Liquefied natural gas (LNG) developer NextDecade has an option on land it’s considering for a terminal site in Galveston, TX. The project is seen as a potential complement to a terminal the company is planning to construct in Brownsville, TX.
This week the Port of Galveston awarded NextDecade a six-month option on 185 acres on Pelican Island for $100,000; the option can be extended at additional cost. Pelican Island is near the Houston Ship Channel and is an ideal location for an LNG export terminal, partly because the area isn’t already clogged with proposed LNG projects, NextDecade CEO Kathleen Eisbrenner told NGI.
“Pelican Island is on the very south end of Galveston but almost the north-most point in the Gulf of Mexico,” Eisbrenner said. “It’s very nice logistically in many ways in that we can get into deepwater almost immediately in the Gulf. The area is very familiar with vessel traffic of all sorts, which is very good.”
However, marine-wise the location is not suitable for a floating LNG (FLNG) project like The Woodlands, TX-based NextDecade is planning at the Port of Brownsville. Pelican Island LNG would be a land-based project, and its site is much smaller than the Brownsville project’s 500 acres. While Brownsville is planned to have two 4 million ton per annum (mtpa) liquefaction vessels (see Daily GPI, Dec. 20, 2012), Pelican Island would have total capacity no greater than 6 mtpa, Eisbrenner said.
The Pelican Island and Brownsville projects would potentially serve the same markets for LNG, assuming both are built. However, they could source gas from different locations and would liquefy gas priced off of different index points, Eisbrenner said. The Agua Dulce Hub would be the liquidity point for the Brownsville project while Pelican Island would use the Katy Hub, with which it would be connected via a proposed pipeline as part of the project.
“We like the idea of Galveston from the perspective of being able to pick up not just Texas gas and Louisiana gas, but also Marcellus and Appalachian gas in general,” Eisbrenner said.
Years ago, a 1 Bcf/d LNG import facility had been evaluated for the Pelican Island site by BP plc, according to slides from a NextDecade presentation to Port of Galveston trustees. Some studies for that project were completed and would aid development of Pelican Island. “The BP original development provides a road map for both [Pelican Island LNG] and the port, and comfort with a potential project being successful at this location,” NextDecade told port trustees.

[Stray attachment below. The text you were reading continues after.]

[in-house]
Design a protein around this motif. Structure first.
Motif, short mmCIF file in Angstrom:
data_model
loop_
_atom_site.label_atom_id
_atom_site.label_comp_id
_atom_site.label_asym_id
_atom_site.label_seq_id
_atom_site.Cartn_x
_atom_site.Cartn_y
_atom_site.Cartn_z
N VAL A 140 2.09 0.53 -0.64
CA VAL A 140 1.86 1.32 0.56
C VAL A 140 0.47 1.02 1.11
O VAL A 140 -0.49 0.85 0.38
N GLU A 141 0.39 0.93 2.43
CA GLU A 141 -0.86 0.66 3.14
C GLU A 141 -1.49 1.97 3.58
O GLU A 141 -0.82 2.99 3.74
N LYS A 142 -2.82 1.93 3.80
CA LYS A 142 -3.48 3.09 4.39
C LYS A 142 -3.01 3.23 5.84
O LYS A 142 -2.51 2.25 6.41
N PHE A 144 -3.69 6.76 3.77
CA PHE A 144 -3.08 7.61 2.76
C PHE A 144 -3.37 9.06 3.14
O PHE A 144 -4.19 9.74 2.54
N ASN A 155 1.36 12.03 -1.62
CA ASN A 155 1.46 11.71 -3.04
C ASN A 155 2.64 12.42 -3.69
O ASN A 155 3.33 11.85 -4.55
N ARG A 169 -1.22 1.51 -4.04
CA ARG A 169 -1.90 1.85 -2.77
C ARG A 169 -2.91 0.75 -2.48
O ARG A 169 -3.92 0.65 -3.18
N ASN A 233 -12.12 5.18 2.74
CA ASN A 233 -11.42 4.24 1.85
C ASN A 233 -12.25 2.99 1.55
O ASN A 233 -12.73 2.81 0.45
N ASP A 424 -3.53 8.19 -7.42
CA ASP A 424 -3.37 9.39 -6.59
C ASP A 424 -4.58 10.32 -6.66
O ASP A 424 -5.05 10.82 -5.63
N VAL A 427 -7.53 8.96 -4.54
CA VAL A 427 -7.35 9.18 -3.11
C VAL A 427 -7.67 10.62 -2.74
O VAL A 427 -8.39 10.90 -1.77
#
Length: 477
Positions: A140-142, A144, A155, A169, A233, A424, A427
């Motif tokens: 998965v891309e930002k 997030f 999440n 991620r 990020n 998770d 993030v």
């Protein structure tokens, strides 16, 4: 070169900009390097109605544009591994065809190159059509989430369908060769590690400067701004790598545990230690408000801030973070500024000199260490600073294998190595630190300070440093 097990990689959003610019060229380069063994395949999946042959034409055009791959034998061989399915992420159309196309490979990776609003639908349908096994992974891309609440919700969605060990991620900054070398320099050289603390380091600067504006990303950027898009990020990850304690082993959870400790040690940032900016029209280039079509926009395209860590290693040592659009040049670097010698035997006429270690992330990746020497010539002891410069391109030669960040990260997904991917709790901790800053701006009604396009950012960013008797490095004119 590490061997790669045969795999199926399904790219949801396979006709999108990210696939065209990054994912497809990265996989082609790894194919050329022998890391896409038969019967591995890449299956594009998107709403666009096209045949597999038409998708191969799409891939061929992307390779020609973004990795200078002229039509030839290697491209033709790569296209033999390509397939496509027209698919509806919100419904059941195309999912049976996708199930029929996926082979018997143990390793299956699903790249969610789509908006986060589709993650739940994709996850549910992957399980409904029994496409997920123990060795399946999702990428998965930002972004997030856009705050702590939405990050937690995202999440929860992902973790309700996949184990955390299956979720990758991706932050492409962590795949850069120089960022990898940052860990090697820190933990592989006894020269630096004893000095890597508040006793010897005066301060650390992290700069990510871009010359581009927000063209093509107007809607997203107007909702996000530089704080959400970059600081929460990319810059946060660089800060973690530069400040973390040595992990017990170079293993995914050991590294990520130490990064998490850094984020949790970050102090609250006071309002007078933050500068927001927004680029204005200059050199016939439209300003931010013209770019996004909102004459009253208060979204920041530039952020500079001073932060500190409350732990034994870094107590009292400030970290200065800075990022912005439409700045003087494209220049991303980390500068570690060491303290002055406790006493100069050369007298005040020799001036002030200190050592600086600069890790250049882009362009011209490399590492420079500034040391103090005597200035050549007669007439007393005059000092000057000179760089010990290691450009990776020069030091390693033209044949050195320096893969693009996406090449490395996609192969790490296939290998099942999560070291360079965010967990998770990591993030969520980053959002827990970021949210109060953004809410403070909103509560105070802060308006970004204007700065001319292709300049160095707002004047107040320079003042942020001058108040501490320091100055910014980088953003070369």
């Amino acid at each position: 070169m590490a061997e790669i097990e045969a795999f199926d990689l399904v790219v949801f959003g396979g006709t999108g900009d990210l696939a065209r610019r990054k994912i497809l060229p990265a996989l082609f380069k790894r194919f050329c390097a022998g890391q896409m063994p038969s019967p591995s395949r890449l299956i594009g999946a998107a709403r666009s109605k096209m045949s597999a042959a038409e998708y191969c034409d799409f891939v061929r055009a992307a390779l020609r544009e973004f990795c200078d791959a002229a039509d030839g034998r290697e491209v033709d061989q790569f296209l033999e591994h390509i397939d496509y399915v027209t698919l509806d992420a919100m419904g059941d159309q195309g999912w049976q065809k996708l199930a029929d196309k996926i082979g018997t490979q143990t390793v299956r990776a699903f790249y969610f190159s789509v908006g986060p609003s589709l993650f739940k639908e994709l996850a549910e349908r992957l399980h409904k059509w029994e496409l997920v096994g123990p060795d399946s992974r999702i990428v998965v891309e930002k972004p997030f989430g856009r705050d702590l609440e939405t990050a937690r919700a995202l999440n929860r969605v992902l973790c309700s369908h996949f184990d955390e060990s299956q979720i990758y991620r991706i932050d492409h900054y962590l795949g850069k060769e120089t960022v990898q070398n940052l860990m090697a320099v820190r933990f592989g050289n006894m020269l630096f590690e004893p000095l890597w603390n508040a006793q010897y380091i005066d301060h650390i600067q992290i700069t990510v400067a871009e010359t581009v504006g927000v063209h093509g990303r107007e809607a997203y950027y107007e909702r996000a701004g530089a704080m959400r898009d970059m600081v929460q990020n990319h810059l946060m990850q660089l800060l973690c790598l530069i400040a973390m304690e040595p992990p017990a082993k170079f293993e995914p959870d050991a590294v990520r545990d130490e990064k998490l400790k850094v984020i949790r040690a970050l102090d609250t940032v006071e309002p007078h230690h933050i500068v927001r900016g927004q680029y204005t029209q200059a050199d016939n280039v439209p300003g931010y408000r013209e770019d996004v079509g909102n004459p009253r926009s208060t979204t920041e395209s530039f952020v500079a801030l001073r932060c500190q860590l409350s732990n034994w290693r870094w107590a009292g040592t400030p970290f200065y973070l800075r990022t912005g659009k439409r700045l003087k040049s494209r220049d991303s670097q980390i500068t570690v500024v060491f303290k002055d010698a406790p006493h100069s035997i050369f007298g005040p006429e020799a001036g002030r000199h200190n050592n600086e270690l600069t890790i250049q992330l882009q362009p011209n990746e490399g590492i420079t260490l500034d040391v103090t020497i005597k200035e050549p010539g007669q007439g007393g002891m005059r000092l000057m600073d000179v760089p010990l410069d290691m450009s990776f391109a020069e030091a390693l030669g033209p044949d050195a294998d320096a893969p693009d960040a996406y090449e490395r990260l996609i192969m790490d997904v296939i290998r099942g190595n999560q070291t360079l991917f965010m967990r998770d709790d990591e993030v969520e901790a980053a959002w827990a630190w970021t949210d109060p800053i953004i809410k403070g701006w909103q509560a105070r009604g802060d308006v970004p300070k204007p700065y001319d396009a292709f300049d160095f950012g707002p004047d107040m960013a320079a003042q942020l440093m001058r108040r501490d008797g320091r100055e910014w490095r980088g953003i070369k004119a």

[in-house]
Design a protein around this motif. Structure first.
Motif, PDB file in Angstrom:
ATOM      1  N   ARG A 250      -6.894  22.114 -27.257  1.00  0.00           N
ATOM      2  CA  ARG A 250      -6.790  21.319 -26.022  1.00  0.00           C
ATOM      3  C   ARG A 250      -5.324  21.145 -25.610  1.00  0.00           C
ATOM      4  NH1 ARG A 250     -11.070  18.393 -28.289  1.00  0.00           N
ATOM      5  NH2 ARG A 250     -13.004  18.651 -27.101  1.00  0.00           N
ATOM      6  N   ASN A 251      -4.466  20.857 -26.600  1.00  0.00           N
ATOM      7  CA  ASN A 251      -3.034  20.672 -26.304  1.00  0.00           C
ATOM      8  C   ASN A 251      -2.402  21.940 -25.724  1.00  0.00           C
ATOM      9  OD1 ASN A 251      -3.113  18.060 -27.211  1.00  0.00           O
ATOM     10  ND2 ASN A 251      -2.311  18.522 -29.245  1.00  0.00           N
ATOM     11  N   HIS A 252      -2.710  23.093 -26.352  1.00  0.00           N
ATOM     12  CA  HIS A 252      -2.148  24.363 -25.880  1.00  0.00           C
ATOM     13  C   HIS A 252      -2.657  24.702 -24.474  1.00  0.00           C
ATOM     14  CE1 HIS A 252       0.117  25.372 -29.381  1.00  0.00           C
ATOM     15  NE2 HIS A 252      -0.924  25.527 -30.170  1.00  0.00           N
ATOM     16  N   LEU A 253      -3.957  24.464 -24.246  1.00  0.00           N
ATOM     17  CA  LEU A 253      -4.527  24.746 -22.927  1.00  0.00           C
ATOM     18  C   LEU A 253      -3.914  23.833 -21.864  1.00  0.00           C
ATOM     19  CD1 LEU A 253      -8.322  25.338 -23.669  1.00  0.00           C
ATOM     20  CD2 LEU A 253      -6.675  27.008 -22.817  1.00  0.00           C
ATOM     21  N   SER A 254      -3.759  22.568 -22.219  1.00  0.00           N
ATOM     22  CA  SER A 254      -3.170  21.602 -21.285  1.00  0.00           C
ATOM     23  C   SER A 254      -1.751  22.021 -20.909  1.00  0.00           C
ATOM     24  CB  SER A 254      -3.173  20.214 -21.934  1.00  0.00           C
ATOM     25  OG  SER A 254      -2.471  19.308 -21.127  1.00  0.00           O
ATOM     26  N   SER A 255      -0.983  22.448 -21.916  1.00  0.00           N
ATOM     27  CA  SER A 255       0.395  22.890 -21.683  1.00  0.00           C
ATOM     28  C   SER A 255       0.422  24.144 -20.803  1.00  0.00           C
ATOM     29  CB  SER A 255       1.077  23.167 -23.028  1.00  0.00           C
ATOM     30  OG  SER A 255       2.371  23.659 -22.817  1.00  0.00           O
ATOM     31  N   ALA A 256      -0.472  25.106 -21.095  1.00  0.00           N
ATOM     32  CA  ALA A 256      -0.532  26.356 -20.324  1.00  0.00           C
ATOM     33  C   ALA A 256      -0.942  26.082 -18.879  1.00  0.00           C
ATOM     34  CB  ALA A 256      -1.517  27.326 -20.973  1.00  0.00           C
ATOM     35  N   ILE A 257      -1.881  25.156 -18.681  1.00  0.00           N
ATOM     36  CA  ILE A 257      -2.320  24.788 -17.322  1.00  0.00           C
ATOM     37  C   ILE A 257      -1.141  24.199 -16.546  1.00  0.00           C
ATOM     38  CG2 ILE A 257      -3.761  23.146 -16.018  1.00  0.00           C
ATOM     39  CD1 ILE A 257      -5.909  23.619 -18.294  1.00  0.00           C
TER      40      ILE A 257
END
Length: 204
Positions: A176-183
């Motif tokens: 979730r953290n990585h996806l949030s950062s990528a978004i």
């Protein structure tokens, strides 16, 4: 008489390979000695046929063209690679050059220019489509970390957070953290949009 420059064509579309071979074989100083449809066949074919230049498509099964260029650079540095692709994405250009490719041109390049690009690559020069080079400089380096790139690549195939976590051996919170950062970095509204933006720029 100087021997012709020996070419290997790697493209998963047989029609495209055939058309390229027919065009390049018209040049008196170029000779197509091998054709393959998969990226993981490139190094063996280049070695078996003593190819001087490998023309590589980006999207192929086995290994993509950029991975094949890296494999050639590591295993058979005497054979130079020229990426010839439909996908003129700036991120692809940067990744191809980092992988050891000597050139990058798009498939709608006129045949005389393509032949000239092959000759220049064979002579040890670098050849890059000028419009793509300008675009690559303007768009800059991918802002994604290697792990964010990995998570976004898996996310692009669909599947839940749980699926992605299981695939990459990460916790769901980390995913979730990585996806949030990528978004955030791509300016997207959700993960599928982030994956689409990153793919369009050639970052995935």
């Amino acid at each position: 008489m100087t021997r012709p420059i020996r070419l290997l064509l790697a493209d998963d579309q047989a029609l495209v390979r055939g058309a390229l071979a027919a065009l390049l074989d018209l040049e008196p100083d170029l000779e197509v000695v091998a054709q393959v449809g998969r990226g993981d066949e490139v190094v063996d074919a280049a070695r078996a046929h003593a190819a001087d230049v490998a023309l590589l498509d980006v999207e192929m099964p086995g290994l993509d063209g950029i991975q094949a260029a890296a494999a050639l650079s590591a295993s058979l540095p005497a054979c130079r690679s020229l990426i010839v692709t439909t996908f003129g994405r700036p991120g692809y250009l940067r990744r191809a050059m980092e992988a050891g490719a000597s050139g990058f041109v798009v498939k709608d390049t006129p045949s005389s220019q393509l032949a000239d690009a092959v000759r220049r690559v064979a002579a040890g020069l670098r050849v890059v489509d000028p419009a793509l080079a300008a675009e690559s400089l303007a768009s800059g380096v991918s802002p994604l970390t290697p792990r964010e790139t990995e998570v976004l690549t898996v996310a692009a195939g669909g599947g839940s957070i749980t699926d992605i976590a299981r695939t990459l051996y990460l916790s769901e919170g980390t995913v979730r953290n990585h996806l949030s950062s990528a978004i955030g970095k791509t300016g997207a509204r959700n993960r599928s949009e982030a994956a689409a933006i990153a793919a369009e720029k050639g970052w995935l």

Earlier this year the U.S. Department of Energy (DOE) revamped its protocol for evaluating applications to export liquefied domestic gas to non-free trade agreement countries, effectively requiring FERC project approval before taking up consideration of applications to export. Some in the industry argued that putting the costlier Commission process before the less-onerous DOE review increased risk for developers (see Daily GPI, Aug. 14). However, Eisbrenner likes having the Federal Energy Regulatory Commission as the first project gatekeeper.
“I think [the DOE procedural change] absolutely affects us and in a positive way,” she said. “We’ve always said that FERC should be the gating process that you need to satisfy to have a chance to have a legitimate project, and that’s what we plan to do.”
Prefiling at FERC for both Brownsville and Pelican Island is expected “very early next year…That’s my optimistic hope,” Eisbrenner said. “The goal is to have both [projects] win at the end of the day, but the reality is if there’s an issue with one but not the other, I’d rather know about those and learn from it as we go.”
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